A sea slug (Tritonia hombergii)

Distribution data supplied by the Ocean Biogeographic Information System (OBIS). To interrogate UK data visit the NBN Atlas.

Researched byJessica Heard Refereed byAdmin
AuthorityCuvier, 1803
Other common names- SynonymsTritonia hombergii , Tritonia hombergi

Summary

Description

Tritonia hombergii is the largest British nudibranch growing up to 20 cm in length. The body varies in colour from white to a dark purple brown and is lighter ventrally (colour darkens with age). The rhinophores are branched at the tip with basal sheaths. The mantle is covered with numerous soft tubercles, which release an irritant compound. On the sides of the upper surface there are noticeable gills, of varying size. The larger gills orientate towards the centre of the body while smaller gills flex out to the side. The total number of individual gills increases significantly with age. The front section of the head (the oral veil) is divided into two lobes and, characteristically for members of the genus Tritonia, each lobe is divided into numerous finger-like projections.

Recorded distribution in Britain and Ireland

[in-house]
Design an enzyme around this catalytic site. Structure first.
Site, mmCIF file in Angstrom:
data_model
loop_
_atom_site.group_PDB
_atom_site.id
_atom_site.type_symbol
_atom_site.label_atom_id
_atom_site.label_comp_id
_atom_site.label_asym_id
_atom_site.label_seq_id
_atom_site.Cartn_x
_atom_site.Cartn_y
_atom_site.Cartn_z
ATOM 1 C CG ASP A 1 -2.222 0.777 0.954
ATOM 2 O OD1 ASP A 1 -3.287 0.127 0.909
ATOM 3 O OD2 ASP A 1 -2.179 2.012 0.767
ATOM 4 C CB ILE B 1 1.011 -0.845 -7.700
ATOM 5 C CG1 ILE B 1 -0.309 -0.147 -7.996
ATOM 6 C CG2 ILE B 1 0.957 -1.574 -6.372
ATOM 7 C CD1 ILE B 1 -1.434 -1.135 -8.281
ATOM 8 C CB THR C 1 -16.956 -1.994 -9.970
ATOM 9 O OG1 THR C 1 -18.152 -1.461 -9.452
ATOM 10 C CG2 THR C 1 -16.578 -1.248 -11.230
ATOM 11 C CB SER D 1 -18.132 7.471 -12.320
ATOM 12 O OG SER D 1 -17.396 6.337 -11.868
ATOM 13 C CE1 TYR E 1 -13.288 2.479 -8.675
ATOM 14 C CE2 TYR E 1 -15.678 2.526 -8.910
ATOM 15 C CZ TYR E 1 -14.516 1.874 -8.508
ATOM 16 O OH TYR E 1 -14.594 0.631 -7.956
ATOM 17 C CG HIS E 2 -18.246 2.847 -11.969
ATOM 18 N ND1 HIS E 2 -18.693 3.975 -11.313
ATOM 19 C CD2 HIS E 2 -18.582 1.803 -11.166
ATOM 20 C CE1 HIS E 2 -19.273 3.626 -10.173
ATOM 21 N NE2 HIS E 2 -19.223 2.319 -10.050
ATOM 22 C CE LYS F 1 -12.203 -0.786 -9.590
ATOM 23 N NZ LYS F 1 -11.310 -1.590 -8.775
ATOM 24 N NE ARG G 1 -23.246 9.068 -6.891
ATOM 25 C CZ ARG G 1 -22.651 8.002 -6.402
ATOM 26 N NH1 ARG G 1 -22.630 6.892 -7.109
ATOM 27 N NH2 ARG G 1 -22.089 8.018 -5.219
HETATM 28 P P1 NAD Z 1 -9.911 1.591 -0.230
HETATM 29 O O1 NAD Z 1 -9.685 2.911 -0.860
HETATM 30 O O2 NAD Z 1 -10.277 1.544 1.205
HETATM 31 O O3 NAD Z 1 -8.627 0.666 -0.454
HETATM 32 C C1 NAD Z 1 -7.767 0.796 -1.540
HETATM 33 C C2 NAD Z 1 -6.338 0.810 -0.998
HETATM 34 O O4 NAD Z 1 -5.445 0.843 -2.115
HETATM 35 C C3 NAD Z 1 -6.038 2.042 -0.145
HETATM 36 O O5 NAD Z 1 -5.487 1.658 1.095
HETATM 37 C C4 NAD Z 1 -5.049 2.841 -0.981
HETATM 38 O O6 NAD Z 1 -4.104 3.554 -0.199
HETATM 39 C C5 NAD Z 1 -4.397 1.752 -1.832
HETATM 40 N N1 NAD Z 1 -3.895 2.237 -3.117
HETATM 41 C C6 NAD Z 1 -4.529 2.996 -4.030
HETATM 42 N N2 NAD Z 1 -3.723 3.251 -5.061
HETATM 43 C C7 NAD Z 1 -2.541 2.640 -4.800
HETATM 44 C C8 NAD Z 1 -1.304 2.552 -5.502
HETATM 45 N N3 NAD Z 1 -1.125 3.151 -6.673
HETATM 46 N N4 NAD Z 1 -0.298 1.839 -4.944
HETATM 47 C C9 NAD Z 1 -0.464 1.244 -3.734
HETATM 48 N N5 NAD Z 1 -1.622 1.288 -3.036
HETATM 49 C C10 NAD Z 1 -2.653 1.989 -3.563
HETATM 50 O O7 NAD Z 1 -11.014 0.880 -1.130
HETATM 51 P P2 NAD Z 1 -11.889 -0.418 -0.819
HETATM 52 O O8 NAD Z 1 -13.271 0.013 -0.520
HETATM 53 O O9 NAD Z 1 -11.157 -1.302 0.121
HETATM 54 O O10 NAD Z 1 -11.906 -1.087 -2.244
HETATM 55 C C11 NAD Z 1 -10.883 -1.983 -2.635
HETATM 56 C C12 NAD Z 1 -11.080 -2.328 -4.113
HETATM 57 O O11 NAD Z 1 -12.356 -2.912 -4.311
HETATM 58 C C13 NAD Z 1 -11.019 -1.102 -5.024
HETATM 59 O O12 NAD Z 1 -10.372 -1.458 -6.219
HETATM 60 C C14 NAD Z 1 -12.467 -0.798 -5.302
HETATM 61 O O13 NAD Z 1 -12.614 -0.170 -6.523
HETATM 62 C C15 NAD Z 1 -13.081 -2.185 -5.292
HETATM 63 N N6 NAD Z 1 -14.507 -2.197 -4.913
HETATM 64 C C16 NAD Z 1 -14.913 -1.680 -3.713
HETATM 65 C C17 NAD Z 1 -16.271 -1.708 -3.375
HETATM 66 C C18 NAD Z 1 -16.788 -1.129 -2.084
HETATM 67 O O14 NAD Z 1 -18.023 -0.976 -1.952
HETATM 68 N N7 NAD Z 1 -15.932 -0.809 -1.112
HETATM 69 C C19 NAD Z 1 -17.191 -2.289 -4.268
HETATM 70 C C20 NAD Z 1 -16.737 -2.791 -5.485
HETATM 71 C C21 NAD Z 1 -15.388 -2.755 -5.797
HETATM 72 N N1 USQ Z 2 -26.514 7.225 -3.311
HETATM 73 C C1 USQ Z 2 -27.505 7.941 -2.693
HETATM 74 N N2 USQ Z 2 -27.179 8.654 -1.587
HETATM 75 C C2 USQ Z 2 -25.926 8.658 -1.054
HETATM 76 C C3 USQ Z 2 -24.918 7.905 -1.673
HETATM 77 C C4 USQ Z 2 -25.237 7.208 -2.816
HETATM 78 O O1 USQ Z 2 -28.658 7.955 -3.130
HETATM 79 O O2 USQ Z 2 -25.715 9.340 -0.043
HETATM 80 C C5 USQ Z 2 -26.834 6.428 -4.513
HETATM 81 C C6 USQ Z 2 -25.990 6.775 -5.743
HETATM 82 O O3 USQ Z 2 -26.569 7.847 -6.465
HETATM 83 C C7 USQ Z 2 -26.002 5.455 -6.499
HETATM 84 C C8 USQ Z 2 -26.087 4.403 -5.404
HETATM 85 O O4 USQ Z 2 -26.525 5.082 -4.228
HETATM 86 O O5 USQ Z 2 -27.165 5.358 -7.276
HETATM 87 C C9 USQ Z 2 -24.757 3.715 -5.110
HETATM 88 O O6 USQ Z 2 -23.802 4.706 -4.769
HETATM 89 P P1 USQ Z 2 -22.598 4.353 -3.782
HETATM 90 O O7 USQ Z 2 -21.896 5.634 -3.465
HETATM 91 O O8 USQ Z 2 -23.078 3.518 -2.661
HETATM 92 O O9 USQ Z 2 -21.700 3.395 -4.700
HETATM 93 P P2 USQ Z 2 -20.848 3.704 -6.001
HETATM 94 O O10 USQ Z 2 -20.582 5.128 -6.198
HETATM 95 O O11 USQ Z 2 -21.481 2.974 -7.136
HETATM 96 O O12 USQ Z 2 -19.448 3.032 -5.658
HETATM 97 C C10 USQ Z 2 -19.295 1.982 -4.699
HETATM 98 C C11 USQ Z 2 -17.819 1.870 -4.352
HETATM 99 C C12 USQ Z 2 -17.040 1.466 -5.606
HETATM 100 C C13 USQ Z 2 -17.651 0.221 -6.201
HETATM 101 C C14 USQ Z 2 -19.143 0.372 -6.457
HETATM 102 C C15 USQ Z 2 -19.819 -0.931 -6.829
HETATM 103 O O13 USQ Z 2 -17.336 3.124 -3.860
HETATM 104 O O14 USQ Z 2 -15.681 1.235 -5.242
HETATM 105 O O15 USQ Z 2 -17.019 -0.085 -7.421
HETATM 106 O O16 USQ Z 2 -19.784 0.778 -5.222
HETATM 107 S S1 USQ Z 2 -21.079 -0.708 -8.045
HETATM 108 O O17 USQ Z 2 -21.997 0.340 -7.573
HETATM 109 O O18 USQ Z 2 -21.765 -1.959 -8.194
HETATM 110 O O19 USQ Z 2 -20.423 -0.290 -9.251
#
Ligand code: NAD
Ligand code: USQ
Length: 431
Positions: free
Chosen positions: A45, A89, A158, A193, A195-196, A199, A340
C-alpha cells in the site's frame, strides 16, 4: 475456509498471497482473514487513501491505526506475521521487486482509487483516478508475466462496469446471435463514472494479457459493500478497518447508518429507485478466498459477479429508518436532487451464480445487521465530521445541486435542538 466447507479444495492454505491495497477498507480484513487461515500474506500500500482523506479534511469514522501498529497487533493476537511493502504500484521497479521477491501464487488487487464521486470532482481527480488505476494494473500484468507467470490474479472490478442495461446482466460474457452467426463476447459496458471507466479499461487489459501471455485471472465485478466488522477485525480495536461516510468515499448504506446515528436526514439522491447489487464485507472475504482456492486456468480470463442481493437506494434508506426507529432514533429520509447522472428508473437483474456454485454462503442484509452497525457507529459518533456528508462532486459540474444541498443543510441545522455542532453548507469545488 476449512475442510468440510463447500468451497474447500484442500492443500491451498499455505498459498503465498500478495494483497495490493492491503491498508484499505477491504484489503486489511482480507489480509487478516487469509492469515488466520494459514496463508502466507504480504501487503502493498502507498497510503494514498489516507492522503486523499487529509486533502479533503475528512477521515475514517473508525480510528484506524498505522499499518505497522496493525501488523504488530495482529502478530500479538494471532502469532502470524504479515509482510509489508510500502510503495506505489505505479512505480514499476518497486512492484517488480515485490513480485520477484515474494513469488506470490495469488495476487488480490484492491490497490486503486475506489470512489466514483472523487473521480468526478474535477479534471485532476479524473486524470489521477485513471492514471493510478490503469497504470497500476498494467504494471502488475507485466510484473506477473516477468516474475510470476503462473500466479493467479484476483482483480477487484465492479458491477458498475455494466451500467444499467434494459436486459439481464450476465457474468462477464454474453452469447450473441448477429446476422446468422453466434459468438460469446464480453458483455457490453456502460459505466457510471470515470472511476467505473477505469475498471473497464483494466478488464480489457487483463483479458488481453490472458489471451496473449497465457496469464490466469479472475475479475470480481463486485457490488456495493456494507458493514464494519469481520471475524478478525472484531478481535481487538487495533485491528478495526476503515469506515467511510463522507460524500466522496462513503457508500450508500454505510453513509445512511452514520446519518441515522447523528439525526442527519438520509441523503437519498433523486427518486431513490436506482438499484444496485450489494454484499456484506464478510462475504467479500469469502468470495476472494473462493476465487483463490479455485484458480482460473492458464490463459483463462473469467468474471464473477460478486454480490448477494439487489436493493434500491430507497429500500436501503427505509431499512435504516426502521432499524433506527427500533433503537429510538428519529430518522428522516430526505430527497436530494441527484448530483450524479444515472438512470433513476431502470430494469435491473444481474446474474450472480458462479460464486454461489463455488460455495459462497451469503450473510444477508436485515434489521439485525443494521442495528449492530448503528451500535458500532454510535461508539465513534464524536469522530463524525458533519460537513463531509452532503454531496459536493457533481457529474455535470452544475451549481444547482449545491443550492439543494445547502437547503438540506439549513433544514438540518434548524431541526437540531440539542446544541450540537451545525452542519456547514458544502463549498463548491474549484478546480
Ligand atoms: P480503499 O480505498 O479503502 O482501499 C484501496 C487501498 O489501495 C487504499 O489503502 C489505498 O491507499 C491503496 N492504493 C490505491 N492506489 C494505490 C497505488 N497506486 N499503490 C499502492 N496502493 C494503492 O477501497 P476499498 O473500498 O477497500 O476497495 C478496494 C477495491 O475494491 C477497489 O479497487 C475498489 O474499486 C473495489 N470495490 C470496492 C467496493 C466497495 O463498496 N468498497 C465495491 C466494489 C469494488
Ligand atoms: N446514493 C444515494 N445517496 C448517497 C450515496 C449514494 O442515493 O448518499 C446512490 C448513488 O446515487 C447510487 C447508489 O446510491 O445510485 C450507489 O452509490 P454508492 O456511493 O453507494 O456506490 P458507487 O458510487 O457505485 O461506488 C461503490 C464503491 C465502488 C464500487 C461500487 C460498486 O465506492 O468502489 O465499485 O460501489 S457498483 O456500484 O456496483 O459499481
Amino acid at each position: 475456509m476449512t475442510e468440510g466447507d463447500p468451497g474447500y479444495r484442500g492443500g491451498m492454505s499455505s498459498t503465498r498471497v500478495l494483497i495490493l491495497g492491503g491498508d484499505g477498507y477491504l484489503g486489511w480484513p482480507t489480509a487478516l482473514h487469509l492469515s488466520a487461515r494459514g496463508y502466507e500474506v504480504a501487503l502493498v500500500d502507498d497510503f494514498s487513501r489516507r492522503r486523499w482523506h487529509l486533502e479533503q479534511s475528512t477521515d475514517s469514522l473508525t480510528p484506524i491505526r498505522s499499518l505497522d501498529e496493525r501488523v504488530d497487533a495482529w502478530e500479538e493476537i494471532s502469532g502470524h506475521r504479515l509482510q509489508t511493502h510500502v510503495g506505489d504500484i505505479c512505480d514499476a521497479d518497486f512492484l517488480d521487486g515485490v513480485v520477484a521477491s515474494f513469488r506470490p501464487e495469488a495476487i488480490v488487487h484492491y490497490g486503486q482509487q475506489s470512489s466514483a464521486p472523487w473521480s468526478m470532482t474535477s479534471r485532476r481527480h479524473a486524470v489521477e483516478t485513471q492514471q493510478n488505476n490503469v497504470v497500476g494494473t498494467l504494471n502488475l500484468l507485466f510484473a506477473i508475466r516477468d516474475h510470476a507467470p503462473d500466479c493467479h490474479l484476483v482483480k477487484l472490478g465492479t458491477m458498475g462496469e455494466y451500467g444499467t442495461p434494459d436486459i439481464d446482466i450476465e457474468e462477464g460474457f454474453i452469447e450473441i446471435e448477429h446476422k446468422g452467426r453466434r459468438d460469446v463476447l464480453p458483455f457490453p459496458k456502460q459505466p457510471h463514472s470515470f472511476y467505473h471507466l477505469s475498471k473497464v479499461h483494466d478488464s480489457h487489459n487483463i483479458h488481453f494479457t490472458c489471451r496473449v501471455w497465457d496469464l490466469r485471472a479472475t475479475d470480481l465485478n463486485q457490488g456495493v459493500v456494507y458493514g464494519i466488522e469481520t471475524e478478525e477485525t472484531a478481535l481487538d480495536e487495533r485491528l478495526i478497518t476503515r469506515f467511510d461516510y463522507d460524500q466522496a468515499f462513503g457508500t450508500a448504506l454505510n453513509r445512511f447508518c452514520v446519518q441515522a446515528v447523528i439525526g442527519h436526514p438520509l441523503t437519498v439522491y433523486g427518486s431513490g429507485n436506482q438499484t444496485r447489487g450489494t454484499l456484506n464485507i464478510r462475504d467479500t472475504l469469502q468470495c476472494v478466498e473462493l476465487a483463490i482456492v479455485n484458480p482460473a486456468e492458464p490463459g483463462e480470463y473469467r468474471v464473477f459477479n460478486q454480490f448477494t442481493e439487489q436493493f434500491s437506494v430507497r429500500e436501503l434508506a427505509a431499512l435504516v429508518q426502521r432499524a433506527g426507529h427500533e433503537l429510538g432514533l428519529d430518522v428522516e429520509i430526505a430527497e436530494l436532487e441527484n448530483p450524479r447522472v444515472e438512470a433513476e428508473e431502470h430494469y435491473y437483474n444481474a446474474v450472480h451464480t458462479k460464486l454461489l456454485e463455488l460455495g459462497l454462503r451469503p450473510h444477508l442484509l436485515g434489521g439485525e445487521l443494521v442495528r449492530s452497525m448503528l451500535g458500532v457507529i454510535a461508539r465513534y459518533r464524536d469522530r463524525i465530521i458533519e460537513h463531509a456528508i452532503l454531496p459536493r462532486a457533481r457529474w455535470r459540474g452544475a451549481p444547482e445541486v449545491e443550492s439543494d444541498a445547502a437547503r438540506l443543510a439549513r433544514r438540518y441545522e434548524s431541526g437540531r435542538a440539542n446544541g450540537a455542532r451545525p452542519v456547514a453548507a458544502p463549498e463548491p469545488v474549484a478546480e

Occurs all around the Britain and Ireland

Global distribution

Recorded from the coasts of the British Isles and the Channel coast of France, with scattered records in the North Sea and east into the Skagerrak. 

Habitat

Tritonia hombergii can be  found down to depths of 80 m and is always associated with the soft coral Alcyonium digitatum.

Depth range

0-80 m

Identifying features

  • Body colour white to dark purple
  • Rhinophores branched at the tips and have basal sheaths.
  • Surface covered in numerous tubercles
  • Gills of vary size, large gills point towards centre of body, small gills point outwards.
  • Oral veil split into two lobes, each richly frilled.

Additional information

Tritonia hombergii has annual life cycle and the juveniles were once thought to be a different species known as Tritonia alba.  Tritonia hombergii is one of the few opisthobranchs thought to be harmful to man as its secretion has been reported to cause the skin to blister. However, there have been no recent recorded evidence of this (Thompson & Brown, 1976).

Listed by

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Further information sources

Search on:

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Bibliography

  1. Hayward, P., Nelson-Smith, T. & Shields, C. 1996. Collins pocket guide. Sea shore of Britain and northern Europe. London: HarperCollins.

  2. Picton, B. E. & Morrow, C.C., 1994. A Field Guide to the Nudibranchs of the British Isles. London: Immel Publishing Ltd.

  3. Thompson, T. E. & Brown, G. H., 1976. British Opisthobranch Molluscs. London: Academic Press. [Synopses of the British Fauna, no. 8.]

Citation

This review can be cited as:

Heard, J.R. 2008. Tritonia hombergii A sea slug. In Tyler-Walters H. and Hiscock K. (eds) Marine Life Information Network: Biology and Sensitivity Key Information Reviews, [on-line]. Plymouth: Marine Biological Association of the United Kingdom. Available from: http://www.marlin.ac.uk/species/detail/2114

Last Updated: 17/04/2008